How to Build a Bath Bench
This DIY bathroom bench offers a comfortable place to sit and a convenient place to store essentials. Build it in a day to last a lifetime.
A full day
IntroductionThis DIY bathroom bench offers a comfortable place to sit and a convenient place to store essentials. Build it in a day to last a lifetime.
- 8-gauge brad nailer
- circular saw/miter saw
- 3 x 3' oak board
- 4" hairpin legs
- 6 x 10' oak board
- 8 x 10' oak board
- Brad nails
Project step-by-step (7)
Make Wide Panels
Cut all the individual boards 1/2-in. longer than their final length. Then edge-glue the boards to make the top, bottom, sides and divider panel. Wipe away any excess glue and allow the panels to dry.
Trim Panels to Length
Trim one end of the panels, then cut the other end to final length. A 12-in. sliding miter saw like the one shown can cut the full 12-3/4-in. width. With a smaller saw, you have to flip each panel to finish the cuts. You could also make these cuts with a circular saw, using a large framing square as a guide.
Attach the Sides
Sand the parts smooth before you assemble them. Start with 100-grit sandpaper and work up to 180. Position the sides flush to the ends of the bottom board, and fasten them with glue and brad nails. If you don’t have a brad nailer, drive trim-head screws, sinking them below the surface. Then cover them with wood putty.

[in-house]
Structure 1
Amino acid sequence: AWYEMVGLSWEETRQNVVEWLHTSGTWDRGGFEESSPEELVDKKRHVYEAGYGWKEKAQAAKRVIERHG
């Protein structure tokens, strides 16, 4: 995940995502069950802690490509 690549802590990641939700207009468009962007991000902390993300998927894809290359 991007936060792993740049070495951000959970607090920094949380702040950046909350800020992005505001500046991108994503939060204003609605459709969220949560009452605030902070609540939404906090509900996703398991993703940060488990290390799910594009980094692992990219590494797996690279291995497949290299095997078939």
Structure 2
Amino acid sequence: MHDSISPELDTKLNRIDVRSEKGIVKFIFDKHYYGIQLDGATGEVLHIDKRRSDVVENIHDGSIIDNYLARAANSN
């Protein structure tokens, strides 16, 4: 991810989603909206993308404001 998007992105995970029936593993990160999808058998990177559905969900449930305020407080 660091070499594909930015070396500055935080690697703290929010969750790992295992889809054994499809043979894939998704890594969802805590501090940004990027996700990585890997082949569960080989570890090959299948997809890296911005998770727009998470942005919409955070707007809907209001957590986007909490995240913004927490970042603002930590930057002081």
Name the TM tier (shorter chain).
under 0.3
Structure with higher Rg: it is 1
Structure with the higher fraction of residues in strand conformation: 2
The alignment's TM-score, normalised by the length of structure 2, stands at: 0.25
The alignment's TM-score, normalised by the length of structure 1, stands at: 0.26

Notch the Center Divider
Clamp the center divider to your work surface and cut a 3/4-in. x 2-1/2-in. notch on the top back corner. I used a jigsaw, but a hand saw works just as well. Attach the center divider with glue and brad nails.
Install the Stretcher
Spread glue on the ends of the stretcher and in the notch in the center divider. Before you nail the parts, check that they’re all in proper alignment using a Speed Square or framing square. Nail the stretcher in place through the sides and into the center divider.
Secure the Top
Position the top so it overhangs each side by 3/4-in. and is flush with the front and the back of the bench. Fasten the top with glue and finish nails, again checking with a square before driving the nails.
Add the Legs
Flip the bench upside down and set the legs in the corners. Keep them 1/2-in. away from the edges, then drill pilot holes and screw the legs to the bottom. Apply stain and polyurethane to ensure the bench will last through years of bath time. Top off the bench with a cushion that has a nonslip bottom, or leave it as is to show off the oak grain.